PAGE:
Job interviews, critical though they may be, are probably the most over-thought moments in our careers. If you remove the self-imposed gravitas from an interview, it’s really something you’ve been doing your whole life: talking to people.
The workplace made its way on to Twitter last month as users went creatively crazy with the hashtag #FiveWordsToRuinAJobInterview.
Here are a few examples:
“It’s prosthetic. My nose. See?” — @trumpetcake
“Have you seen my ferret?” — @IGotsSmarts
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“I was never actually convicted.” — @andylassner
This got me laughing. Then it got me thinking: Job interviews, critical though they may be, are probably the most over-thought moments in our careers.
We worry about them. We spend hours preparing for them. We read books offering tips on how to “ace the interview.”
We amplify the interview experience, creating a mythology around what is, in essence, a conversation. An important conversation, of course. But not a conversation with an alien life-form. Not a meeting that will determine the fate of the planet. Just some people trying to get to know each other a little better.
When we were young, our parents taught us the basics. Listen politely. Ask questions. Make eye contact. Don’t ramble on too long.
If you remove the self-imposed gravitas from an interview, it’s really something you’ve been doing your whole life: talking to people.
I asked Liz Funke, hiring manager at Dynamic Web Solutions in Richmond, Va., what she looks for when she’s interviewing someone.
“Somebody that’s real,” she said. “If you give me canned answers and I probe a little bit more and I get more canned answers, it’s not going to happen.”
If you gobble up every interview advice book on the market and try to run through every possible interview question in your mind, your so-called preparedness is likely going to mask what should you be your strongest selling point: you.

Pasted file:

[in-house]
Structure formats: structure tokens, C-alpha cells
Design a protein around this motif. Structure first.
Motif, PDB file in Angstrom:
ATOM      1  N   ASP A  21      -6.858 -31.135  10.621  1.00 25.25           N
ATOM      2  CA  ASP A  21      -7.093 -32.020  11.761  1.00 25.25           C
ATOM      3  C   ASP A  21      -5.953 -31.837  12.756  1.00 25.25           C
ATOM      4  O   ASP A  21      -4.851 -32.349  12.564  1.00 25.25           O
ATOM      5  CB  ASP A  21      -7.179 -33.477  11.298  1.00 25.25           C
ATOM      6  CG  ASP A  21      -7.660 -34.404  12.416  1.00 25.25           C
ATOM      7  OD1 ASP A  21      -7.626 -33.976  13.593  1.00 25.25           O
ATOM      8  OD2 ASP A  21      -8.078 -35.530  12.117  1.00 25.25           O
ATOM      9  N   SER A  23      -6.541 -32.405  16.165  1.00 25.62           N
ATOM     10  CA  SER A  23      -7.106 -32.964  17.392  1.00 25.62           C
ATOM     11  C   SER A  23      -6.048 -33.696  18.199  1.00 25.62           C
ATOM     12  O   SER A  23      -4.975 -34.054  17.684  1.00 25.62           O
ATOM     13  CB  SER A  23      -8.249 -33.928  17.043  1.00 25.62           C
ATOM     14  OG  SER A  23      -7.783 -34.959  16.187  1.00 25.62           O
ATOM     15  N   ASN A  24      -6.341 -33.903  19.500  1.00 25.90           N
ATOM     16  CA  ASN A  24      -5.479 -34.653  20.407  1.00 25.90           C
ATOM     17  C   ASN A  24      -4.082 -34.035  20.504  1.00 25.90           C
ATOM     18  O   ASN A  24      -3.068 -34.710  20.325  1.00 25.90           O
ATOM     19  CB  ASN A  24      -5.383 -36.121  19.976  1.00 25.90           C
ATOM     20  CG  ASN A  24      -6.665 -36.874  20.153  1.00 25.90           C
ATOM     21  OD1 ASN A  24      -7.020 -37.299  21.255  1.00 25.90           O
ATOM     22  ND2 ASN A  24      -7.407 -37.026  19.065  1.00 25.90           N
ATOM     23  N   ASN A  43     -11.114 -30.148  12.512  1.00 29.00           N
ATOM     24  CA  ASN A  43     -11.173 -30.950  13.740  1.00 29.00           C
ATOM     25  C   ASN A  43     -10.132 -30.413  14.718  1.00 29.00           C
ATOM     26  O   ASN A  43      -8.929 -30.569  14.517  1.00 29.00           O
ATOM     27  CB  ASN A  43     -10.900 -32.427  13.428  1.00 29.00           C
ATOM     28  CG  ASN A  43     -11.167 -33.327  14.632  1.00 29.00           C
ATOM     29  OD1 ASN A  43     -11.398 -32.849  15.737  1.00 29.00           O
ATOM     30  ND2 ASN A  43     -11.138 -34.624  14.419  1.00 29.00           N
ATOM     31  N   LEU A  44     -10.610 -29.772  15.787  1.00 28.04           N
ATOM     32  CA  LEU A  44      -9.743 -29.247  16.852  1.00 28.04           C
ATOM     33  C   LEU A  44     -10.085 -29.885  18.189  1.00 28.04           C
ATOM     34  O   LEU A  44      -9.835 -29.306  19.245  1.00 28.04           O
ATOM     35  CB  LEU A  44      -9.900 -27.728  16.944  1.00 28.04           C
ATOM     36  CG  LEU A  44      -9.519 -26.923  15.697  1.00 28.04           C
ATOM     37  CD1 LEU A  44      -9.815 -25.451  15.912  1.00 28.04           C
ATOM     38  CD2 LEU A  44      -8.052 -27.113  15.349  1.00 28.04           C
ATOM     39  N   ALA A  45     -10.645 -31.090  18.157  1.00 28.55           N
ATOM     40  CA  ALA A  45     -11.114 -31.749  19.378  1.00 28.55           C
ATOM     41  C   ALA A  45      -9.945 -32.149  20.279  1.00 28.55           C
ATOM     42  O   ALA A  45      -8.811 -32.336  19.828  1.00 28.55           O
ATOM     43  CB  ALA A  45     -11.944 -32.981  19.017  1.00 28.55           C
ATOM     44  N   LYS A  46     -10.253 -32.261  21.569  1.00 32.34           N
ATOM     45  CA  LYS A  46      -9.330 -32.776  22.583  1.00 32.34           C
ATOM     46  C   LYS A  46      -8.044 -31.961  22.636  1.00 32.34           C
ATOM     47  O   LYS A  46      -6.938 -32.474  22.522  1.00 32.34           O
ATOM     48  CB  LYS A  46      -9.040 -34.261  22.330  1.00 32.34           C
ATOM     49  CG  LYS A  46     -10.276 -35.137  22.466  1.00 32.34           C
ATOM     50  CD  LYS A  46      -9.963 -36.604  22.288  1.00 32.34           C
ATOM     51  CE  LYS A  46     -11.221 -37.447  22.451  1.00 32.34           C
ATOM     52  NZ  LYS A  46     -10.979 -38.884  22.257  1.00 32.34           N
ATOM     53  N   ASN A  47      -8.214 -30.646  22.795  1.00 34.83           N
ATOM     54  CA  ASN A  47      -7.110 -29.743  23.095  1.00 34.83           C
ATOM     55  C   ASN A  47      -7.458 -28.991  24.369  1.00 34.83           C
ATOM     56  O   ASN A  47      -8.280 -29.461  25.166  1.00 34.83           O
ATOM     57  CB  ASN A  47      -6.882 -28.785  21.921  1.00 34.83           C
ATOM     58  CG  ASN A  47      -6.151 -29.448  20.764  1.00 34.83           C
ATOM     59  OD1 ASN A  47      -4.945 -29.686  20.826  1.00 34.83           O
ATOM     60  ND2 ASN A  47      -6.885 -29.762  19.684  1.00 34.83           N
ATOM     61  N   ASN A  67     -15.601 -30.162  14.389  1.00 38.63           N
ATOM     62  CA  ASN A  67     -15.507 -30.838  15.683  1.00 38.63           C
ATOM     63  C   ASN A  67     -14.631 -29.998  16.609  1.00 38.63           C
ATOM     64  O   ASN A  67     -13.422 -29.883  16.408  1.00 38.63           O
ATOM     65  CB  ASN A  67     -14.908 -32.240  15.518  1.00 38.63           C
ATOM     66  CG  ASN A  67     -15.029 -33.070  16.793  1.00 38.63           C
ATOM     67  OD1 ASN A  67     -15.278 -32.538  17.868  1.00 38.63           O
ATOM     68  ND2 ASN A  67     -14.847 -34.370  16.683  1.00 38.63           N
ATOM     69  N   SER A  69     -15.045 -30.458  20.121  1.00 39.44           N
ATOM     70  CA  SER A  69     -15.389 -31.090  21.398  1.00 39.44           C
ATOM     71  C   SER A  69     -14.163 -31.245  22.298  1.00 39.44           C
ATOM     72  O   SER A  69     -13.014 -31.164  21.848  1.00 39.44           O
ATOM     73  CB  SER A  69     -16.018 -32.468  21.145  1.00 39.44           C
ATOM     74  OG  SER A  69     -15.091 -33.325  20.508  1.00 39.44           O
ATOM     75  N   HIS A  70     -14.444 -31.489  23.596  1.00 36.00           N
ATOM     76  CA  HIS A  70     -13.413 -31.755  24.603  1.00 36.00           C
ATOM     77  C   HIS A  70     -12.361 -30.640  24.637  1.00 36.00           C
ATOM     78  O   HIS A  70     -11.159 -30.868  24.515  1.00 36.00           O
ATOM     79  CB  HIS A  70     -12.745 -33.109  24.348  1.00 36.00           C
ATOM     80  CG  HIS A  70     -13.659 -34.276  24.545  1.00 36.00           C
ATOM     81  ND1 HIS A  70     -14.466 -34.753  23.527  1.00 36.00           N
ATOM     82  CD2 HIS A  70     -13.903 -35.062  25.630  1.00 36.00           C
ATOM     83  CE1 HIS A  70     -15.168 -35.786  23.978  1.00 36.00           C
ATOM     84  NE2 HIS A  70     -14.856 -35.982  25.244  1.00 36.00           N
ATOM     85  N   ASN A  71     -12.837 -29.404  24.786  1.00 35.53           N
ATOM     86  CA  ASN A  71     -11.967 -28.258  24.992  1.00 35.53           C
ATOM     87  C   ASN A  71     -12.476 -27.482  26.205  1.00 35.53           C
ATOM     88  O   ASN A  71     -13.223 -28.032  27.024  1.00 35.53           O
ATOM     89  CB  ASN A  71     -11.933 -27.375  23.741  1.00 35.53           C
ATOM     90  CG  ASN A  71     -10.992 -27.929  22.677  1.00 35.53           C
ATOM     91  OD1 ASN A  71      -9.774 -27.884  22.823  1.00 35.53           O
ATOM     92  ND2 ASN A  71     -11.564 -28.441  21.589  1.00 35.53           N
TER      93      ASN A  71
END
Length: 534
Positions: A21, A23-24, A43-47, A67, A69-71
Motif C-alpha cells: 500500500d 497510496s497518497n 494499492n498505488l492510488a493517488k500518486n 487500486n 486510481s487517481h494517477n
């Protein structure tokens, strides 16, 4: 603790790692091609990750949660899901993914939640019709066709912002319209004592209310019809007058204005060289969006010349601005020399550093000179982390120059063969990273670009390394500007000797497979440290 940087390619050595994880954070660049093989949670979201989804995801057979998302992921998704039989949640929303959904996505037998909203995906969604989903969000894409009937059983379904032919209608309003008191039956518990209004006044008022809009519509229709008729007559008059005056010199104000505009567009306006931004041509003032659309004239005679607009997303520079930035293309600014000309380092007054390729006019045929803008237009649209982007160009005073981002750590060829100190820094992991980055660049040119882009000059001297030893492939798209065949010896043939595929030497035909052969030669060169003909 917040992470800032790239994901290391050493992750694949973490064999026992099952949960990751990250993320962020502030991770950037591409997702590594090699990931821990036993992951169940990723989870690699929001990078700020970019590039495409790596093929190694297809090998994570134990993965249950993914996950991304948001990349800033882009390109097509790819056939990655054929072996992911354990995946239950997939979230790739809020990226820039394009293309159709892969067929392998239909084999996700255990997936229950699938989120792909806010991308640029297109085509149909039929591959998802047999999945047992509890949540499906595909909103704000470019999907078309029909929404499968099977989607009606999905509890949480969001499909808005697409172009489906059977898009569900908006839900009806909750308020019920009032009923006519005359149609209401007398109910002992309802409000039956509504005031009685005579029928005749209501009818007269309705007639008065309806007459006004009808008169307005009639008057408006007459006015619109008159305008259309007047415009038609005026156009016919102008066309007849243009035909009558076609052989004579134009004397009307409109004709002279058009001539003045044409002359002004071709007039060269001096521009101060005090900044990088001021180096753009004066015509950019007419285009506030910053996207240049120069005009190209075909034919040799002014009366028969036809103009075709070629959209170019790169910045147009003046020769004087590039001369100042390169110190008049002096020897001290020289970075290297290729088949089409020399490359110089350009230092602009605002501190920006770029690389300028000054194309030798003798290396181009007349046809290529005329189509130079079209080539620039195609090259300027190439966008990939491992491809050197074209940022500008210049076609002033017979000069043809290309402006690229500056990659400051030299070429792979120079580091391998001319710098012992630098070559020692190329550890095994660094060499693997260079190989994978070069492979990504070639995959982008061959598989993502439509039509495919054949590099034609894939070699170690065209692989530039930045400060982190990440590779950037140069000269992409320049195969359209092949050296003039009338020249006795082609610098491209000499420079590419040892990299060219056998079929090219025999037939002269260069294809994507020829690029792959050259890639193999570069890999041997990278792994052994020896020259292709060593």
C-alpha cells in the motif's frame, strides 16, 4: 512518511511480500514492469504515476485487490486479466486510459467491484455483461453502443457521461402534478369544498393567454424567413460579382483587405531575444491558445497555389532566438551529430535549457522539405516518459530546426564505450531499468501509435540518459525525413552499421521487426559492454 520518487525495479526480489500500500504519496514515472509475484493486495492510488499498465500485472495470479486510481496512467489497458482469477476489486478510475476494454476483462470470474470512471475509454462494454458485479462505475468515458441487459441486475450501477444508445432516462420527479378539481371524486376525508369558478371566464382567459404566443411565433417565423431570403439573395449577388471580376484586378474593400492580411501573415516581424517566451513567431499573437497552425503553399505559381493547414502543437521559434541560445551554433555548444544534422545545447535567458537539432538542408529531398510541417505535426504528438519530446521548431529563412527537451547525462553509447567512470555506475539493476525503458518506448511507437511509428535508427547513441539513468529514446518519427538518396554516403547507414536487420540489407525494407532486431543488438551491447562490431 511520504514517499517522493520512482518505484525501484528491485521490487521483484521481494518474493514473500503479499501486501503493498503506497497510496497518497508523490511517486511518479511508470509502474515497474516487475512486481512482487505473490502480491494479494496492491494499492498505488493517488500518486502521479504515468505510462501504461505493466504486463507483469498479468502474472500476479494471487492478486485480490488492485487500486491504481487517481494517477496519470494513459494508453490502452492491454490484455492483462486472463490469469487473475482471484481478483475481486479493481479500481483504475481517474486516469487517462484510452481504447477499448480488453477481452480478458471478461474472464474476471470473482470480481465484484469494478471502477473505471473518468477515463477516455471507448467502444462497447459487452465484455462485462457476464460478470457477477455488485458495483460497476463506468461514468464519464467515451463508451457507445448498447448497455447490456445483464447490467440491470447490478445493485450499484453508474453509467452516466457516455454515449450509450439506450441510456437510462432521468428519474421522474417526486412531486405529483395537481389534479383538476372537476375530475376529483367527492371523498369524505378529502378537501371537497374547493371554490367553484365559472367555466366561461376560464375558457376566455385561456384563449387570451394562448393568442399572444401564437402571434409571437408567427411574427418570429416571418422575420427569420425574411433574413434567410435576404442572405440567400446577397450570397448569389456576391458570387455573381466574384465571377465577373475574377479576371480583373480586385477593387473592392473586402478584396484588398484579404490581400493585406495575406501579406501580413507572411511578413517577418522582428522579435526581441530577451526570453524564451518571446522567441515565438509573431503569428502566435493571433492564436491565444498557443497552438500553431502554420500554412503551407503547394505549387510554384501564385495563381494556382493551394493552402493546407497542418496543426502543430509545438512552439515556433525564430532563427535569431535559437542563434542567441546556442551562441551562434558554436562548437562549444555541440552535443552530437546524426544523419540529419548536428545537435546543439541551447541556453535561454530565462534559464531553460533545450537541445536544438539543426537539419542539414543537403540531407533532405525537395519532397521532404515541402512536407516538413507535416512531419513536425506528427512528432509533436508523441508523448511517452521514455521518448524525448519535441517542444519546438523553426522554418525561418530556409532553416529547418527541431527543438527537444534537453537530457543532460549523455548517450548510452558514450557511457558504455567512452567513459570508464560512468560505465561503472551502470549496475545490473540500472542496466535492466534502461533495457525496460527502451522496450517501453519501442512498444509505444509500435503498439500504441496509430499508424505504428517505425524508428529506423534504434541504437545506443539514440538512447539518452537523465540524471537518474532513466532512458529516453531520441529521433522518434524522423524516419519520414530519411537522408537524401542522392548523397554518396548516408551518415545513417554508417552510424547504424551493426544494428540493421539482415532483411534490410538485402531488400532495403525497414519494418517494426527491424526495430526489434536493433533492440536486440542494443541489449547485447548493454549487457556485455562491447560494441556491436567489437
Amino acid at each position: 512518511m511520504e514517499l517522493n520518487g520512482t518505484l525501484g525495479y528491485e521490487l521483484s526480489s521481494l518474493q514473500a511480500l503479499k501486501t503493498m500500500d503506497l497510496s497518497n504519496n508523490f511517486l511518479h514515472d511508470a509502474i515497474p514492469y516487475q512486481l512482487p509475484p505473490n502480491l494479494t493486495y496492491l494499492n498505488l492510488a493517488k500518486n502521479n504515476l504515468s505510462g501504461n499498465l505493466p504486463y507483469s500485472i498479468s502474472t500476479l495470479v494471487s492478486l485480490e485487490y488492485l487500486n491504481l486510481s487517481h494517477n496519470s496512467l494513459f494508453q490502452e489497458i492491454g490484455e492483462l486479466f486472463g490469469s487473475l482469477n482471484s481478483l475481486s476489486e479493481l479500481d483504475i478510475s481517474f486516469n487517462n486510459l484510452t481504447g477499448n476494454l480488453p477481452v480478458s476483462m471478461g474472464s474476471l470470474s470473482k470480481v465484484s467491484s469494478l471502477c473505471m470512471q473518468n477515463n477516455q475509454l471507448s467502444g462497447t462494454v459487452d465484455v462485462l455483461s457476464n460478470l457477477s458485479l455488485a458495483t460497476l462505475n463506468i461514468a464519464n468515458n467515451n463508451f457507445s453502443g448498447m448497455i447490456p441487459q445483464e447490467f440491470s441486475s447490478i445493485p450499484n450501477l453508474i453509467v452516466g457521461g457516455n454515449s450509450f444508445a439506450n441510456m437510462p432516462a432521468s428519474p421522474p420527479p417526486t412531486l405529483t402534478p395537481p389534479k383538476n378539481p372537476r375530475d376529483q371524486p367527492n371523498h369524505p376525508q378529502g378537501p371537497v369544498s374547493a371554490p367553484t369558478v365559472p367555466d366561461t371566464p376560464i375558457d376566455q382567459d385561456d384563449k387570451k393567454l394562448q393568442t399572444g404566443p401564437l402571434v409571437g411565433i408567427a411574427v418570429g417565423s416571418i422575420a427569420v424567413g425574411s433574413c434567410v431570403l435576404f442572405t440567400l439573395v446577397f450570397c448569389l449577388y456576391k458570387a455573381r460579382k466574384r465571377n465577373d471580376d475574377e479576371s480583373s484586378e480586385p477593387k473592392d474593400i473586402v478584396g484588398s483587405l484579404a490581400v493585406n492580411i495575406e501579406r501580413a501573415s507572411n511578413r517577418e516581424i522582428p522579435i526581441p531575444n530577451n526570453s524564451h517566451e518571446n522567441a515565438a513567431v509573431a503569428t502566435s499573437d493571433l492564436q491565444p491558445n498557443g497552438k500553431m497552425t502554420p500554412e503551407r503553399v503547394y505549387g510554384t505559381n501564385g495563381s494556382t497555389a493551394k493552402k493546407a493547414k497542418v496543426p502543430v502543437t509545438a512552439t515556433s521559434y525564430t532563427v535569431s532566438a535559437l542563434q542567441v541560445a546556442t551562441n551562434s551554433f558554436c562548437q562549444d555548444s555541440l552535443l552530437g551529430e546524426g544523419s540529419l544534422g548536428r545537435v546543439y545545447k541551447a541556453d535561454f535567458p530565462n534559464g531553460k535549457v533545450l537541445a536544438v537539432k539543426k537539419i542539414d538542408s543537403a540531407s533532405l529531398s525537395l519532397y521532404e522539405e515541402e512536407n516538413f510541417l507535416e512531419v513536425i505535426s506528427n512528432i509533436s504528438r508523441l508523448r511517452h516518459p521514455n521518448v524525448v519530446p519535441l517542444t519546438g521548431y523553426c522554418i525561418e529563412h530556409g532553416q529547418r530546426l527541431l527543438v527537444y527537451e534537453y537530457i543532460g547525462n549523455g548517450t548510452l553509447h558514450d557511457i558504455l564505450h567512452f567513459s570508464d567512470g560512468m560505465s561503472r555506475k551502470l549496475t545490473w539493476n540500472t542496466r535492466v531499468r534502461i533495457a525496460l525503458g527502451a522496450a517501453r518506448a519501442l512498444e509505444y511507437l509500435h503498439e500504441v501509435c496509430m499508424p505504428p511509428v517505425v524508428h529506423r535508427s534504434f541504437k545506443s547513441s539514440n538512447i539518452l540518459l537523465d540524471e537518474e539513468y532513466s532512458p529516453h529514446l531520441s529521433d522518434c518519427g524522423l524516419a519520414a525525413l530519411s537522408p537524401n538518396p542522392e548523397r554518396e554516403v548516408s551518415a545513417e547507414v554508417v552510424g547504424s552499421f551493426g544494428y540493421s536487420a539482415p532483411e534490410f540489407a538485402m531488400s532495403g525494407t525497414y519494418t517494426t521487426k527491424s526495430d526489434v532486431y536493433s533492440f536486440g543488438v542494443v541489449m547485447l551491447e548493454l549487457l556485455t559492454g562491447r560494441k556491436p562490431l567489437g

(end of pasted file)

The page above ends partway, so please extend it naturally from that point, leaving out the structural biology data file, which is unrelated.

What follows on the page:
“If someone’s overprepared, you can just tell,” Funke said. “You want people to be authentic and honest, absolutely. I just need people to be open with me.”
Think on your feet, not from a script
Kathryn Schipper, a senior human resources consultant with King County Superior Court in Seattle, summed it up nicely: “Be yourself, but be yourself on a really good day.”
“Listen carefully to the interview questions,” she said. “You get people who come in and they have a set speech and you ask something and they spew a heavily rehearsed answer, and that’s apparent. You want someone who listens and thinks about the questions. Even if there’s a pause before they give the answer, that’s OK. It’s a test, but not really. It’s really more of a human interaction.”
And that’s what I think gets clouded over by all our worry and by the job-interview-prep industrial complex, which I’m sure makes millions selling people books that turn some people into less-appealing versions of themselves.
Lou Adler is CEO of The Adler Group and author of “The Essential Guide for Hiring & Getting Hired.” I realize I just mocked books that claim to help you get hired, but Adler has a sensible approach to this subject and has years of experience viewing the process from both sides.
“People tend to over-prepare the wrong things,” Adler said. “The real issue is they don’t know what’s going to be asked. So when you don’t know what’s going to be asked, you get nervous and then you overprepare and that almost amplifies the nervousness and it becomes an even more awkward situation.”
His suggestion is simple. You need to be ready to talk intelligently about some of your accomplishments, the things that demonstrate your value. So identify several of your strengths and figure out specific examples of work you’ve done that highlights those strengths.
You don’t have to prepare a speech, just have the facts in your head so you can draw from that knowledge over the course of the interview. Adler said one tool for this kind of preparation is to set two minutes on a timer and talk extemporaneously about one of your accomplishments. Maybe think about ways to connect what you’ve done to issues facing the company interviewing you.
Adler said it’s a bit like doing improv. And it’s a way to get ready for a job interview that highlights who you are, not who an interview-prep guru says you should be.
Even if you’re not completely comfortable with your own personality, trying to fake your way through an interview isn’t going to end well. Either the person interviewing you will sense your insincerity or you’ll wind up getting a job at a place that’s not a good fit.
“If you’re at your best and you are who you are and they don’t like you, it’s absolutely better for everyone,” Schipper said. “If you’re fake and you try to fake your way into a corporate culture, you can’t do it for the next 30 years. If you’re in it in the long haul, you have to work somewhere that’s going to want you as you are.”
I can give you plenty of #FiveWordsToRuinAJobInterview. But I suggest you follow these five words instead: Don’t overcomplicate a job interview.